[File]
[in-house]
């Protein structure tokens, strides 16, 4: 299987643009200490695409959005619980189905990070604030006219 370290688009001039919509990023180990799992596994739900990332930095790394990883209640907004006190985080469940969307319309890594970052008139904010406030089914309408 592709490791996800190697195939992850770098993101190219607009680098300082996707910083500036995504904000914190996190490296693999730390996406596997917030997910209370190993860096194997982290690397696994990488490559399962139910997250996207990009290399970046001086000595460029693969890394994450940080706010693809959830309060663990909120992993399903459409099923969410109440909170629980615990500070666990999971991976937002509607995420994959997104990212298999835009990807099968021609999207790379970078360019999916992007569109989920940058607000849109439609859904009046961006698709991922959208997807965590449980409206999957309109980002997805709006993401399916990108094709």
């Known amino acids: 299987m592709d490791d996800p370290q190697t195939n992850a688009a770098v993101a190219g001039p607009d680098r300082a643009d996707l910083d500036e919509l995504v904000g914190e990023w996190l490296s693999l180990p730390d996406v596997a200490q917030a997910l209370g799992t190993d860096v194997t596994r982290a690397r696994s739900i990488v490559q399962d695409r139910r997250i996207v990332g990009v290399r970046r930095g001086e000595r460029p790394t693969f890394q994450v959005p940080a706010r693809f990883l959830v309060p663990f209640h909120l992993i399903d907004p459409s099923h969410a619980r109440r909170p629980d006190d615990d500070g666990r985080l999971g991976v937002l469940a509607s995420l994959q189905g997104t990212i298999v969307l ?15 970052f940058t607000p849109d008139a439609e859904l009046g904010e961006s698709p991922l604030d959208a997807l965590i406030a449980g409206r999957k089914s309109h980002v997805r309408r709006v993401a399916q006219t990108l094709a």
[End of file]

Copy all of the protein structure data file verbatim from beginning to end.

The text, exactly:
[in-house]
């Protein structure tokens, strides 16, 4: 299987643009200490695409959005619980189905990070604030006219 370290688009001039919509990023180990799992596994739900990332930095790394990883209640907004006190985080469940969307319309890594970052008139904010406030089914309408 592709490791996800190697195939992850770098993101190219607009680098300082996707910083500036995504904000914190996190490296693999730390996406596997917030997910209370190993860096194997982290690397696994990488490559399962139910997250996207990009290399970046001086000595460029693969890394994450940080706010693809959830309060663990909120992993399903459409099923969410109440909170629980615990500070666990999971991976937002509607995420994959997104990212298999835009990807099968021609999207790379970078360019999916992007569109989920940058607000849109439609859904009046961006698709991922959208997807965590449980409206999957309109980002997805709006993401399916990108094709």
């Known amino acids: 299987m592709d490791d996800p370290q190697t195939n992850a688009a770098v993101a190219g001039p607009d680098r300082a643009d996707l910083d500036e919509l995504v904000g914190e990023w996190l490296s693999l180990p730390d996406v596997a200490q917030a997910l209370g799992t190993d860096v194997t596994r982290a690397r696994s739900i990488v490559q399962d695409r139910r997250i996207v990332g990009v290399r970046r930095g001086e000595r460029p790394t693969f890394q994450v959005p940080a706010r693809f990883l959830v309060p663990f209640h909120l992993i399903d907004p459409s099923h969410a619980r109440r909170p629980d006190d615990d500070g666990r985080l999971g991976v937002l469940a509607s995420l994959q189905g997104t990212i298999v969307l ?15 970052f940058t607000p849109d008139a439609e859904l009046g904010e961006s698709p991922l604030d959208a997807l965590i406030a449980g409206r999957k089914s309109h980002v997805r309408r709006v993401a399916q006219t990108l094709a």